Canal towpaths are suitable for everyone but please cycle considerately!
Building the Union Canal started in 1817. The chief engineer was Nicol Hugh Baird who had been the resident engineer of the Forth-Clyde canal. The canal was to run from Port Hopetoun near Lothian Road in Edinurgh to Falkirk whre it would meet the Fort-Clyde via a series of eleven locks (this is what the Falkirk Wheel now replaces). The canal would be 32 miles long and it would have no locks; instead its sweeping curves would follow the contours of the hills. Highlanders and Irishmen provided most of the labour. Two of the Irishmen, Burke and Hare, would become famous as murderers. They set themselves up as procurers of human bodies to satisfy the demand of Edinburgh's medical schools. Initially they stole bodies from graveyards but eventually decided to eliminate the middle step. The canal opened in 1822 and became popular for passenger traffic as there were no locks to cause delays. Like the Forth-Clyde it went into decline with the railway age.
In 1994 British Waterways announced its intention to seek lottery money for restoration of the Forth-Clyde and Union Canals. Since then all the breaks in both canals have been repaired and the Falkirk Wheel constructed to reconnect the two canals together. The Wheel is just the most obvious part of a massive engineering project which included removing 33 obstructions, including over a mile of the Union Canal which had been filled in at Wester Hailes in Edinburgh, dredging and renovating old locks and bridges, repairing the banks, constructing a new link to the River Carron at Grangemouth and improving the towpaths.
Canal towpaths are flat of course, and cars are mostly absent. Ideal for cycling perhaps, but there are other problems: pushchairs, dogs, toddlers, fishermen. The Union Canal towpath is quite narrow in places too. Most of the time there is no problem, but start your bike ride nice and early so that you are clear of the urban sections before they get busy with pedestrians.
You should use the following advice when cycling along tow paths:
Avoid cycling where your tyres would damage the path or verges (e.g. when they are wet or soft).
Consider others: Anglers, walkers and boaters also use our towpaths
Give way to others on the towpath and warn them of your approach. A polite 'hello' and 'thank you' mean a lot.
Watch out for anglers' tackle and give them time to move it before you try to pass.
Dismount under low or blind bridges
Never race one another or perform speed trials.
We recommend you have third party liability insurance and equip your bike with a bell or equivalent.
Access paths can be steep and slippery. Join or leave the towpath with care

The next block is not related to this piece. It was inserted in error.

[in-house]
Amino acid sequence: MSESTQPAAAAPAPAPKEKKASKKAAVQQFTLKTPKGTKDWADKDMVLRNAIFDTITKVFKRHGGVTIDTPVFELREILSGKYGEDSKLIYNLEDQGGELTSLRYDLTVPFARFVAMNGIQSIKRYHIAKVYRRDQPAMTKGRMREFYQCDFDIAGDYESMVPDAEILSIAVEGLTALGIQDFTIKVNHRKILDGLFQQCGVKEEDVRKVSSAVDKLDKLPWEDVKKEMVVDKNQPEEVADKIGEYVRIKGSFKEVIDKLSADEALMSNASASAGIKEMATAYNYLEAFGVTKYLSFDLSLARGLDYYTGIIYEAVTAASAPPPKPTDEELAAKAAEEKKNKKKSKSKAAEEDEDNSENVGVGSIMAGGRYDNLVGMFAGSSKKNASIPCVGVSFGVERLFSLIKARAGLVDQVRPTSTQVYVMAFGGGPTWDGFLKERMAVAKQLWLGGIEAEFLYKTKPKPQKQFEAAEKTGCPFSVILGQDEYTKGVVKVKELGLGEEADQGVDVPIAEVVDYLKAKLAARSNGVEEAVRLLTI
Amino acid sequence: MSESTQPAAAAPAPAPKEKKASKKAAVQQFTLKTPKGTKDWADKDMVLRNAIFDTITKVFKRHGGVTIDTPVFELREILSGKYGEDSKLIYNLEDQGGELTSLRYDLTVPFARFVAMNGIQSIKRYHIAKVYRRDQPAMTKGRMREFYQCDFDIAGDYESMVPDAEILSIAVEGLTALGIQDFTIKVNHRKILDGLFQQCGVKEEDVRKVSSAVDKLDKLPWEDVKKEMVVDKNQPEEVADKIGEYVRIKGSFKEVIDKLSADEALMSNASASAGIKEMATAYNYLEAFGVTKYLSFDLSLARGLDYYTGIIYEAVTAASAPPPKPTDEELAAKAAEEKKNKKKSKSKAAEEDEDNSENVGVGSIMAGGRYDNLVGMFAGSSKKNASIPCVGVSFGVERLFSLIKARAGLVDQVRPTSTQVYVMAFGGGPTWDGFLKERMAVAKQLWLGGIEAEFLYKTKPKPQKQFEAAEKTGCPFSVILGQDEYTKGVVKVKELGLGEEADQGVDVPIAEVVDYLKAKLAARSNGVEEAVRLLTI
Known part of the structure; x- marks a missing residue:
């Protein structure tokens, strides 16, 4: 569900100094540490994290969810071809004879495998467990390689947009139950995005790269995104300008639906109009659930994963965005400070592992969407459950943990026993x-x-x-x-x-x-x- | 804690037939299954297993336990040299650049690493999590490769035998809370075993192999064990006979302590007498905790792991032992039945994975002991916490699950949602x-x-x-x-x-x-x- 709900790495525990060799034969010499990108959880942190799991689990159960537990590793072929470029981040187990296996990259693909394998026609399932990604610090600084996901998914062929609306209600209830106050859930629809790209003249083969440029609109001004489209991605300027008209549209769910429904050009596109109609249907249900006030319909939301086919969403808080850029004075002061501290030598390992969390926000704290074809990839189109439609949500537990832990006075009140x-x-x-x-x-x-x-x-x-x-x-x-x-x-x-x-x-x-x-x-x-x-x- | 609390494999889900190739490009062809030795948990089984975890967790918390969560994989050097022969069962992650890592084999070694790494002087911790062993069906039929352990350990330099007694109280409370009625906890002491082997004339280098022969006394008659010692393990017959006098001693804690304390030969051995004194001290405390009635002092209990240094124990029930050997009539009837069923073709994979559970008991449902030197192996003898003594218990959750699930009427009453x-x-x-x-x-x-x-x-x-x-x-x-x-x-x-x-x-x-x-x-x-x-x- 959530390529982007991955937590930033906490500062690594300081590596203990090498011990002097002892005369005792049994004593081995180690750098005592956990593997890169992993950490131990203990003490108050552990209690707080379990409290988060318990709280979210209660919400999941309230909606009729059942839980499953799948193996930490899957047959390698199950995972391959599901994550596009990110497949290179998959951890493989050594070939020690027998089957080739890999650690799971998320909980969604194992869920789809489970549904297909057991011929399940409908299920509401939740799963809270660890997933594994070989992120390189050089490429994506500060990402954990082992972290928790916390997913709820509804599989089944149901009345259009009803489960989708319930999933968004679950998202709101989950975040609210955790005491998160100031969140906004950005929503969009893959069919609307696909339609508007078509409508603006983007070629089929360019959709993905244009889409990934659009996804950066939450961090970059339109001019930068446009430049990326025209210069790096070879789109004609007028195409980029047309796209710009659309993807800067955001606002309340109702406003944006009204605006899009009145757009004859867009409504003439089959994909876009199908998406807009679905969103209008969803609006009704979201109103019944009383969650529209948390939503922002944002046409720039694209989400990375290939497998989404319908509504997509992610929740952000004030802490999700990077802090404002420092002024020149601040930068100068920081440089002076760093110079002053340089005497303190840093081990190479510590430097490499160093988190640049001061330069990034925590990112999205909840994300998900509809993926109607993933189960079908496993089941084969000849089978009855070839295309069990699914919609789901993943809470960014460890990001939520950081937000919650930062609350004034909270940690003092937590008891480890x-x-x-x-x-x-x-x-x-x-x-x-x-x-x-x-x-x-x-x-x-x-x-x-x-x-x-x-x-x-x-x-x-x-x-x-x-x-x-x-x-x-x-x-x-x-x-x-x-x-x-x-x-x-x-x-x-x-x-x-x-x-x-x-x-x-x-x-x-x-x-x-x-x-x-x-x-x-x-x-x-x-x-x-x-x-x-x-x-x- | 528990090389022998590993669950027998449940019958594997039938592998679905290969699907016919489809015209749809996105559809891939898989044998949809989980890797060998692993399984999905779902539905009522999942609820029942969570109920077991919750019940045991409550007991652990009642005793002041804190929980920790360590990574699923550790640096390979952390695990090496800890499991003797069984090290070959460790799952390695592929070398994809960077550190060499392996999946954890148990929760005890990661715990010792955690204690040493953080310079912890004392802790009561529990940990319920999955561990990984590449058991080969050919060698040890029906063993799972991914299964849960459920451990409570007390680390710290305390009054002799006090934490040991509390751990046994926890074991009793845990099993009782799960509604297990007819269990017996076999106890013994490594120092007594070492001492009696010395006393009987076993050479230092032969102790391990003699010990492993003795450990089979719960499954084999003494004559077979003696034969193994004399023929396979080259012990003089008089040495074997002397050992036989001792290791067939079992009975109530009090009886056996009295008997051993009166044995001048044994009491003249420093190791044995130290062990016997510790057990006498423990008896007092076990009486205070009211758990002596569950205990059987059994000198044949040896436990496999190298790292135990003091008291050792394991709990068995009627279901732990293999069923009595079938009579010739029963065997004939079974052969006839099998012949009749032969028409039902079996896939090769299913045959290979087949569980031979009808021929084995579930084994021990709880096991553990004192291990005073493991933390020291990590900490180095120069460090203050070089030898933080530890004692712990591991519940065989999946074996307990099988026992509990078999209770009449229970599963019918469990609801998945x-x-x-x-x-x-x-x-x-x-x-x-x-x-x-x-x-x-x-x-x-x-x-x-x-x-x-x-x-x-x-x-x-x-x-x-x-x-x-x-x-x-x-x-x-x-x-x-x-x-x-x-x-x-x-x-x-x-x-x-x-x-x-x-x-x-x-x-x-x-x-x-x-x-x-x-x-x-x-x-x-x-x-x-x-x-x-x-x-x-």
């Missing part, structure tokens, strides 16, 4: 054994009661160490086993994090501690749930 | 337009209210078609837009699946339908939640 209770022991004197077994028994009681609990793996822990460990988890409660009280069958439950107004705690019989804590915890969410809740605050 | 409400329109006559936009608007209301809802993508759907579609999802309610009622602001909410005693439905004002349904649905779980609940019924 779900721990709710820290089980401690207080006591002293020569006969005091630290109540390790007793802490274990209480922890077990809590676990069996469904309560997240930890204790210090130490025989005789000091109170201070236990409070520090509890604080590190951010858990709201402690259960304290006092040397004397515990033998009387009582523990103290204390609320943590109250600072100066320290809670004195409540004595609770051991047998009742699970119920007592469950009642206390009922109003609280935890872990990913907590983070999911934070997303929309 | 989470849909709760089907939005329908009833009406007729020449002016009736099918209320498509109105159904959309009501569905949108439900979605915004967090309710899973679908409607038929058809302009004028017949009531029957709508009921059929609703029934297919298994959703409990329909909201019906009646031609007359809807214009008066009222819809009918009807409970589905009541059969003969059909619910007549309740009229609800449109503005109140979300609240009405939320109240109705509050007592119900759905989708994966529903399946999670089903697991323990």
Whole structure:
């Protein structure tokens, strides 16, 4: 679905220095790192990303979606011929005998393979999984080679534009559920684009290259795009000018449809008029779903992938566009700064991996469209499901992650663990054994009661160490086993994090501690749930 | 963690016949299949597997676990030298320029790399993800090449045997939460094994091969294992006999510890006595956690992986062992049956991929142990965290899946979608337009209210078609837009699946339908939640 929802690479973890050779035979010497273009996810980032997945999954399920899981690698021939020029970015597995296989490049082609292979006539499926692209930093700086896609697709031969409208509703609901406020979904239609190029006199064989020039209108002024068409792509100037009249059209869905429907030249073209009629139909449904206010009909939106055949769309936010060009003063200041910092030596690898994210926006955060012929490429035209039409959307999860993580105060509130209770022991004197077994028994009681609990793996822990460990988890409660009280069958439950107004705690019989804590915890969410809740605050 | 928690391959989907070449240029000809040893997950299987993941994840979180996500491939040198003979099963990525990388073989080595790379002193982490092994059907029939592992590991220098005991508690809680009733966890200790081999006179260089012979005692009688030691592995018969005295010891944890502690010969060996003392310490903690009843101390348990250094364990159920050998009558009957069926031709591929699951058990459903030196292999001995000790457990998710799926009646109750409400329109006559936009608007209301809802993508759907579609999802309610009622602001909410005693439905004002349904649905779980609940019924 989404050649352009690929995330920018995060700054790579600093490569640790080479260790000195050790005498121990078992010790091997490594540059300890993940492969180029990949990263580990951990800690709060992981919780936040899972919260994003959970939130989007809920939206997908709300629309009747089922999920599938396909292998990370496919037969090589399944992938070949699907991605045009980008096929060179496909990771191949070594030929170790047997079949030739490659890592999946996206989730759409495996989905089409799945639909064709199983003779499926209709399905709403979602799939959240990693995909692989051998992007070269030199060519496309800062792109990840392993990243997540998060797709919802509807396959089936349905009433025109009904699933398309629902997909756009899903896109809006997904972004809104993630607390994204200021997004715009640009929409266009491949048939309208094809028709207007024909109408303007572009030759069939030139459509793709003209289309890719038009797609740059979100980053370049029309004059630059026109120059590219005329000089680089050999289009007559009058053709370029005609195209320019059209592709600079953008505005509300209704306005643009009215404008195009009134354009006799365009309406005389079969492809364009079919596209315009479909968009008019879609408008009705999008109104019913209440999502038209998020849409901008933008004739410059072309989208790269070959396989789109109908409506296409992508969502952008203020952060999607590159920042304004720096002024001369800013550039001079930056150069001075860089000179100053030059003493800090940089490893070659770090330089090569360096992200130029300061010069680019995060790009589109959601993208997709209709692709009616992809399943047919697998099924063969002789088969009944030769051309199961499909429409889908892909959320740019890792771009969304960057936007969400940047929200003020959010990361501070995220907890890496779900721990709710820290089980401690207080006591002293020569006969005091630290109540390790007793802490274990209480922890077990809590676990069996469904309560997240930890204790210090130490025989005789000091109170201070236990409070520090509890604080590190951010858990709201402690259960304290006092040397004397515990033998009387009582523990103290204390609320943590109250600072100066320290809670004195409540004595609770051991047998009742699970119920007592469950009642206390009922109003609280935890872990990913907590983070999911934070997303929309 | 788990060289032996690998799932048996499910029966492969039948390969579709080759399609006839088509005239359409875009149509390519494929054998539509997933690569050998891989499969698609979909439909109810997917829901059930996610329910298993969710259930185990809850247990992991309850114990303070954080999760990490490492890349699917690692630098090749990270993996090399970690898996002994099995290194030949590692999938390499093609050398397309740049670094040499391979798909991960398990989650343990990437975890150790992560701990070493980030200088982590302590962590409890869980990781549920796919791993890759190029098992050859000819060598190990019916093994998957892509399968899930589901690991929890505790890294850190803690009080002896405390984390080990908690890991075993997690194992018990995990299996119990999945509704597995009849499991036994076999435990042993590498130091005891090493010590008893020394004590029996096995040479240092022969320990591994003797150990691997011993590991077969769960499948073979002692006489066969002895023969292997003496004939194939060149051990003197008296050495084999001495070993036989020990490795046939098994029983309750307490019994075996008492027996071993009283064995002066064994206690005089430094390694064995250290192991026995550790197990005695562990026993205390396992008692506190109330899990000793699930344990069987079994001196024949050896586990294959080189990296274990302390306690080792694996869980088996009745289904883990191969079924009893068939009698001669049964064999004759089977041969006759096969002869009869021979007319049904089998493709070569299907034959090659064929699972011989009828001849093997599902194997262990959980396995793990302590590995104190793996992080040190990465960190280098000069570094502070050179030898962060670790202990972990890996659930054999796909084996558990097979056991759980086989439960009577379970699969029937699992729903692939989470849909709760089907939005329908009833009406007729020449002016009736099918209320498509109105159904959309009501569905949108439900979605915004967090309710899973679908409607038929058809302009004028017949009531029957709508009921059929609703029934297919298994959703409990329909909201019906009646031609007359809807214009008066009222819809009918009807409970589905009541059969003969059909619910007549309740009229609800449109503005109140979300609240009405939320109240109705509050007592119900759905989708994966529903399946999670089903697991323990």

You must get off and push your cycle beneath low or blind bridges, and where the path is very narrow.
If you really have to cycle the towpath after dark, use front and rear lights (you will need lights on this route for the Falkirk Tunnel).
Thorny hedge trimmings can cause a puncture. We recommend Kevlar-reinforced tyres
You can of course join the towpath at any point but in Edinburgh it starts at Port Hopetoun (Fountainbridge) near Lothian Road. Originally the canal basin here would have been piled with coal brought in by canal boat. Now it's the site of a leisure complex. You pass the Leamington Lift Bridge then roll along past tenements then though Harrison Park. Take care at the narrow sections under the bridges. Shortly after this you go over the high aqueduct which carries the canal over the Water of Leith - walking is recommended! The canal was broken at Wester Hailes but this is now joined up again as part of the Millenium Link project. After this you pass over the dual carriageway city bypass and you are in open countryside.
The Bridge Inn at Ratho is an obvious stop. There are picnic tables and the Inn itself does morning coffee, bar lunches etc. If you want to find food further on in Broxburn or Winchburgh you will have to leave the canal towpath. There is a canal basin at Linlithgow and the Linlithgow Canal Society operates boat trips in the summer. There is also a canal museum with a tea room. Shortly after Linlithgow you pass over the Avon Aqueduct and cruise eighty-six feet above the river. As you approach Falkirk the route becomes more urban again, but still attractive with views of back gardens. Before you get to the Falkirk Wheel however you have to pass through the Falkirk Tunnel. This is 636 metres long and quite dark, bike lights recommended - a waterproof jacket is a good idea too. It's impossible to cycle but there is a handrail. After this there is blinding daylight again and the Falkirk Wheel. This rotary boat lift is unique in the world, and impressively large too. Needless to say there is a restaurant, shop and visitor centre. You can continue cycling west on the Forth-Clyde Canal towpath to Glasgow and beyond, see Related Routes above.
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